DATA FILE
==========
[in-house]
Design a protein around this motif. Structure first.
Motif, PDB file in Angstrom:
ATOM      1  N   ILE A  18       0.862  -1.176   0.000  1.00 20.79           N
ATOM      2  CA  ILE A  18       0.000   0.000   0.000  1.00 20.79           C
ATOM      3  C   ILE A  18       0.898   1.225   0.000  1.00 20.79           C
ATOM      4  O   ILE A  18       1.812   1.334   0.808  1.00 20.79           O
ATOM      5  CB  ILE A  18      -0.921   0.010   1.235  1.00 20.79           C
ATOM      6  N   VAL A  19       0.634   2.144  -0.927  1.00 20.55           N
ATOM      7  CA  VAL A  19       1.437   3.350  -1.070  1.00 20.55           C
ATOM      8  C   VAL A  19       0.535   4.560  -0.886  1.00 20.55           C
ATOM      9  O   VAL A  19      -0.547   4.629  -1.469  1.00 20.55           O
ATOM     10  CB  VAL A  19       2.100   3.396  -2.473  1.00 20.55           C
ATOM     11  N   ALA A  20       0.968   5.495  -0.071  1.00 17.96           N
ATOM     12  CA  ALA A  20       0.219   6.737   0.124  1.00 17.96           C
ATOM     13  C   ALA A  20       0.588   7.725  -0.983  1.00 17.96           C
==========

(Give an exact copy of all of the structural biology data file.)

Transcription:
[in-house]
Design a protein around this motif. Structure first.
Motif, PDB file in Angstrom:
ATOM      1  N   ILE A  18       0.862  -1.176   0.000  1.00 20.79           N
ATOM      2  CA  ILE A  18       0.000   0.000   0.000  1.00 20.79           C
ATOM      3  C   ILE A  18       0.898   1.225   0.000  1.00 20.79           C
ATOM      4  O   ILE A  18       1.812   1.334   0.808  1.00 20.79           O
ATOM      5  CB  ILE A  18      -0.921   0.010   1.235  1.00 20.79           C
ATOM      6  N   VAL A  19       0.634   2.144  -0.927  1.00 20.55           N
ATOM      7  CA  VAL A  19       1.437   3.350  -1.070  1.00 20.55           C
ATOM      8  C   VAL A  19       0.535   4.560  -0.886  1.00 20.55           C
ATOM      9  O   VAL A  19      -0.547   4.629  -1.469  1.00 20.55           O
ATOM     10  CB  VAL A  19       2.100   3.396  -2.473  1.00 20.55           C
ATOM     11  N   ALA A  20       0.968   5.495  -0.071  1.00 17.96           N
ATOM     12  CA  ALA A  20       0.219   6.737   0.124  1.00 17.96           C
ATOM     13  C   ALA A  20       0.588   7.725  -0.983  1.00 17.96           C